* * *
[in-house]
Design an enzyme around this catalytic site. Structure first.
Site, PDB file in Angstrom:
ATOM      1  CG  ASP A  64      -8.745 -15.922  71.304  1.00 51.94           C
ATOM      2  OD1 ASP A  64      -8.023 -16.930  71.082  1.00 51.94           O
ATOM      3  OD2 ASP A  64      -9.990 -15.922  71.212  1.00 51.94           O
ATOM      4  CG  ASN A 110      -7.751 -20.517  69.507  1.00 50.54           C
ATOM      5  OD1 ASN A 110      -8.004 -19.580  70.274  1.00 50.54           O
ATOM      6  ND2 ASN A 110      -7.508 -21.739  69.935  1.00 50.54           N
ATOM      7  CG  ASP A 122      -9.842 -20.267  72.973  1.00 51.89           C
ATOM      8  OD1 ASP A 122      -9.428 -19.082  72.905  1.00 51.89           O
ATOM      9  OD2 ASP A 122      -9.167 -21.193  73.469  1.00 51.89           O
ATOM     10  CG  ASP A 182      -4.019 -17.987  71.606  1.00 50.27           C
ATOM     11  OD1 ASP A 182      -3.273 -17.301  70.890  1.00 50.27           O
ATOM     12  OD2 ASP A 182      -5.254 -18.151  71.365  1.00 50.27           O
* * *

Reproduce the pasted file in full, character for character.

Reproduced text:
[in-house]
Design an enzyme around this catalytic site. Structure first.
Site, PDB file in Angstrom:
ATOM      1  CG  ASP A  64      -8.745 -15.922  71.304  1.00 51.94           C
ATOM      2  OD1 ASP A  64      -8.023 -16.930  71.082  1.00 51.94           O
ATOM      3  OD2 ASP A  64      -9.990 -15.922  71.212  1.00 51.94           O
ATOM      4  CG  ASN A 110      -7.751 -20.517  69.507  1.00 50.54           C
ATOM      5  OD1 ASN A 110      -8.004 -19.580  70.274  1.00 50.54           O
ATOM      6  ND2 ASN A 110      -7.508 -21.739  69.935  1.00 50.54           N
ATOM      7  CG  ASP A 122      -9.842 -20.267  72.973  1.00 51.89           C
ATOM      8  OD1 ASP A 122      -9.428 -19.082  72.905  1.00 51.89           O
ATOM      9  OD2 ASP A 122      -9.167 -21.193  73.469  1.00 51.89           O
ATOM     10  CG  ASP A 182      -4.019 -17.987  71.606  1.00 50.27           C
ATOM     11  OD1 ASP A 182      -3.273 -17.301  70.890  1.00 50.27           O
ATOM     12  OD2 ASP A 182      -5.254 -18.151  71.365  1.00 50.27           O